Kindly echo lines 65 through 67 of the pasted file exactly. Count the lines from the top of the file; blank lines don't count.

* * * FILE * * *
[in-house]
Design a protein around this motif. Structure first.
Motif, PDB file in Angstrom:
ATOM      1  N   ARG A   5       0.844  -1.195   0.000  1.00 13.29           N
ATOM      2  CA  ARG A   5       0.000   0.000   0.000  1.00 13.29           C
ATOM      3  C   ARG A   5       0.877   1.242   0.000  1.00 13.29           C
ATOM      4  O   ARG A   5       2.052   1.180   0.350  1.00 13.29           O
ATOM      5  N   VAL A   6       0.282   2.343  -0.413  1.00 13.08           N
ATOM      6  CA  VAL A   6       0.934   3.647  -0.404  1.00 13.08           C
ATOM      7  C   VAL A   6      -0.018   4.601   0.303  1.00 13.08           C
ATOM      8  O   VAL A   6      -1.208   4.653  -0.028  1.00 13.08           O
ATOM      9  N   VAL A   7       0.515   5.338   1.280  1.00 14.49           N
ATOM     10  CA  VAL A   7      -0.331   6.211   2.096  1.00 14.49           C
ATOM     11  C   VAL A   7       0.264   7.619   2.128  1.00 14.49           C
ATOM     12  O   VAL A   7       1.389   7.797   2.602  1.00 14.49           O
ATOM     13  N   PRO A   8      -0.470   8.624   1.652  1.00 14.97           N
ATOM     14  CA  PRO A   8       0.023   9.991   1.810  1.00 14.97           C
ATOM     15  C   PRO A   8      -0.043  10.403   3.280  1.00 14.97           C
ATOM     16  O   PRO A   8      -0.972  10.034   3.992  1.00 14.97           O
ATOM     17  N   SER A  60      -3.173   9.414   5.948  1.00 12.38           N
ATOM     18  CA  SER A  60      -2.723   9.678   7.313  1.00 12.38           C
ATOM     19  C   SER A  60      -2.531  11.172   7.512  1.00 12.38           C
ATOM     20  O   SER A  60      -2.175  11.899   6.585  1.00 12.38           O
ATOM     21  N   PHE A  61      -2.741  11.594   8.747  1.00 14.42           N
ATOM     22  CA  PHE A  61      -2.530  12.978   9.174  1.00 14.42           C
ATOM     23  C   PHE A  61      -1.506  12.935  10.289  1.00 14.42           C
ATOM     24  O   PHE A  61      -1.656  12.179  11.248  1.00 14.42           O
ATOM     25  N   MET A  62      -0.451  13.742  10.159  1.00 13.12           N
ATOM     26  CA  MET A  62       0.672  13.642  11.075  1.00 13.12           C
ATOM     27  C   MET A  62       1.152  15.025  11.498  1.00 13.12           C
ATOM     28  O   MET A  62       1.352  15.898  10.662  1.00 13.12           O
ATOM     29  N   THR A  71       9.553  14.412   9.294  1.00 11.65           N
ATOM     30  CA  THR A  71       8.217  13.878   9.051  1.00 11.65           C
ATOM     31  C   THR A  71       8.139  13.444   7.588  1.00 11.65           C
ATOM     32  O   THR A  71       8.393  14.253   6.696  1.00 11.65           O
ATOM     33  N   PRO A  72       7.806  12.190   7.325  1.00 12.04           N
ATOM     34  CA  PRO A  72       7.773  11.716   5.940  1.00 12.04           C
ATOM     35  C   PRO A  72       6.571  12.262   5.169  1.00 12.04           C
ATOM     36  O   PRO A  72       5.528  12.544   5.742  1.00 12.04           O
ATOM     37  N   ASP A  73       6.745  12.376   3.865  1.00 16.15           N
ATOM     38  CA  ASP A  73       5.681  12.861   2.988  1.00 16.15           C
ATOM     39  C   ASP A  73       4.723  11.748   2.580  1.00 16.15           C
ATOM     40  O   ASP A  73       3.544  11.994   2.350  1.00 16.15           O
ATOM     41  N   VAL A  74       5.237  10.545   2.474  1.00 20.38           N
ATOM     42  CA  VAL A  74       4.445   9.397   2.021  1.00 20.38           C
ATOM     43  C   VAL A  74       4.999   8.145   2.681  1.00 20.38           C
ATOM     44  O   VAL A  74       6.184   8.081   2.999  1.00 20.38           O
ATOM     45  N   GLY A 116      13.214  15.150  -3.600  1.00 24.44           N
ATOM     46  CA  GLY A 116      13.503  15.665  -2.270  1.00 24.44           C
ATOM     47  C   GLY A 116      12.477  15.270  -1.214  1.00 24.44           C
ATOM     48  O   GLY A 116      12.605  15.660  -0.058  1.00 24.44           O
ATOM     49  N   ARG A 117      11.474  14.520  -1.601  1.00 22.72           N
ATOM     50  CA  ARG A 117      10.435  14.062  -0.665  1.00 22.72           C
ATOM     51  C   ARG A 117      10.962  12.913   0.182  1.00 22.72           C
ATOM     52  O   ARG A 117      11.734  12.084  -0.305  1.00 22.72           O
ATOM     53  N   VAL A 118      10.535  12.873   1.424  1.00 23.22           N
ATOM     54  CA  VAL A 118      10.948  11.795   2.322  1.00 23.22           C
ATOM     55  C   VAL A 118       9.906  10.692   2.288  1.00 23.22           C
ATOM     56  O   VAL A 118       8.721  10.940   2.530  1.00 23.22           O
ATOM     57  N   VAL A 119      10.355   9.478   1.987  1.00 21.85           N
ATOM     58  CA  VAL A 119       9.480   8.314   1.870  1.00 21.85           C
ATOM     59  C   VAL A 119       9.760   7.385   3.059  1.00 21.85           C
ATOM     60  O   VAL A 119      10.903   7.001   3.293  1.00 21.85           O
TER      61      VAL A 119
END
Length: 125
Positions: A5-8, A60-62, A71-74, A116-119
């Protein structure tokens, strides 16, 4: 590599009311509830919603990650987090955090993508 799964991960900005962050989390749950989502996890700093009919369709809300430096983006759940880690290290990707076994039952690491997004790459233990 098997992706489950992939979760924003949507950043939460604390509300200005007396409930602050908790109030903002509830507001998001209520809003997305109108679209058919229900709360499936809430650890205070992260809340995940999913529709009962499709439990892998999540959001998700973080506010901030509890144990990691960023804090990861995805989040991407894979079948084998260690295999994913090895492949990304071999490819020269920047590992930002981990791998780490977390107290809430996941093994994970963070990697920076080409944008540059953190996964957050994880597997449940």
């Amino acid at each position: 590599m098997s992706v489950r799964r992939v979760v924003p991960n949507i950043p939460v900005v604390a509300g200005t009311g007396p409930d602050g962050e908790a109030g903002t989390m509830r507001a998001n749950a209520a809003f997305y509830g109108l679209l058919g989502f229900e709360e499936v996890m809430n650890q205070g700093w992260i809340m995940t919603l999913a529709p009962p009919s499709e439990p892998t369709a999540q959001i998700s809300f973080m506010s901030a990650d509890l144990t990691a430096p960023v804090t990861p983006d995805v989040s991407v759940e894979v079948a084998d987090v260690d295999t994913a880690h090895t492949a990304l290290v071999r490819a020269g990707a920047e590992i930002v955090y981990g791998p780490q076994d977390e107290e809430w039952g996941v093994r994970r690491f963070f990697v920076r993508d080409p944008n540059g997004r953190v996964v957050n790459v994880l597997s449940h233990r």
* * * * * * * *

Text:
END
Length: 125
Positions: A5-8, A60-62, A71-74, A116-119